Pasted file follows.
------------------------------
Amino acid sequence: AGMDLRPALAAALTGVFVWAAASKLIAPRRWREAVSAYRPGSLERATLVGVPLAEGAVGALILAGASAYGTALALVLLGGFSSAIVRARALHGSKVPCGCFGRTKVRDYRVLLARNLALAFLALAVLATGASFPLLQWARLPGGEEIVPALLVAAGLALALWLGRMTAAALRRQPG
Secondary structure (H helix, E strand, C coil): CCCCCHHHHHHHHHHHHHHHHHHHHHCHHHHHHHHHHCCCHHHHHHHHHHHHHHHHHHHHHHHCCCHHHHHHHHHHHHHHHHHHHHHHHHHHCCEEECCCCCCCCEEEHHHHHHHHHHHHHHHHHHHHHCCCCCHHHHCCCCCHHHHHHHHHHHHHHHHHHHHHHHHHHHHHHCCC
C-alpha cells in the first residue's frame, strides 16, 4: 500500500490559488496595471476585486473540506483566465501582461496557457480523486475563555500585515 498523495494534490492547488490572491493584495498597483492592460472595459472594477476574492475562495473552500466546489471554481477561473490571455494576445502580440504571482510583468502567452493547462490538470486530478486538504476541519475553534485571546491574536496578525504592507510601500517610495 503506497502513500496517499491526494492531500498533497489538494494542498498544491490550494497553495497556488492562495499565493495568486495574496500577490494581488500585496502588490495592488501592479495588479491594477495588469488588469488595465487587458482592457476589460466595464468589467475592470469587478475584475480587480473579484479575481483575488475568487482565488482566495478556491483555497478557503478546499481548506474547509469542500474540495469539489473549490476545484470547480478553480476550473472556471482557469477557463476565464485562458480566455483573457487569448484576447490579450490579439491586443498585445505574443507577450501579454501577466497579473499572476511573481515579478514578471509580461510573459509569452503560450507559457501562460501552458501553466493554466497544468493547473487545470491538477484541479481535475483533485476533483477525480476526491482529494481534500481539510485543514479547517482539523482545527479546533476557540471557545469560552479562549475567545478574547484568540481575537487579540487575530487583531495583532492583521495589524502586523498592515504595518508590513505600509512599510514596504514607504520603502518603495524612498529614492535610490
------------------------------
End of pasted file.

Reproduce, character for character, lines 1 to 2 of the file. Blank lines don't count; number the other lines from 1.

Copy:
Amino acid sequence: AGMDLRPALAAALTGVFVWAAASKLIAPRRWREAVSAYRPGSLERATLVGVPLAEGAVGALILAGASAYGTALALVLLGGFSSAIVRARALHGSKVPCGCFGRTKVRDYRVLLARNLALAFLALAVLATGASFPLLQWARLPGGEEIVPALLVAAGLALALWLGRMTAAALRRQPG
Secondary structure (H helix, E strand, C coil): CCCCCHHHHHHHHHHHHHHHHHHHHHCHHHHHHHHHHCCCHHHHHHHHHHHHHHHHHHHHHHHCCCHHHHHHHHHHHHHHHHHHHHHHHHHHCCEEECCCCCCCCEEEHHHHHHHHHHHHHHHHHHHHHCCCCCHHHHCCCCCHHHHHHHHHHHHHHHHHHHHHHHHHHHHHHCCC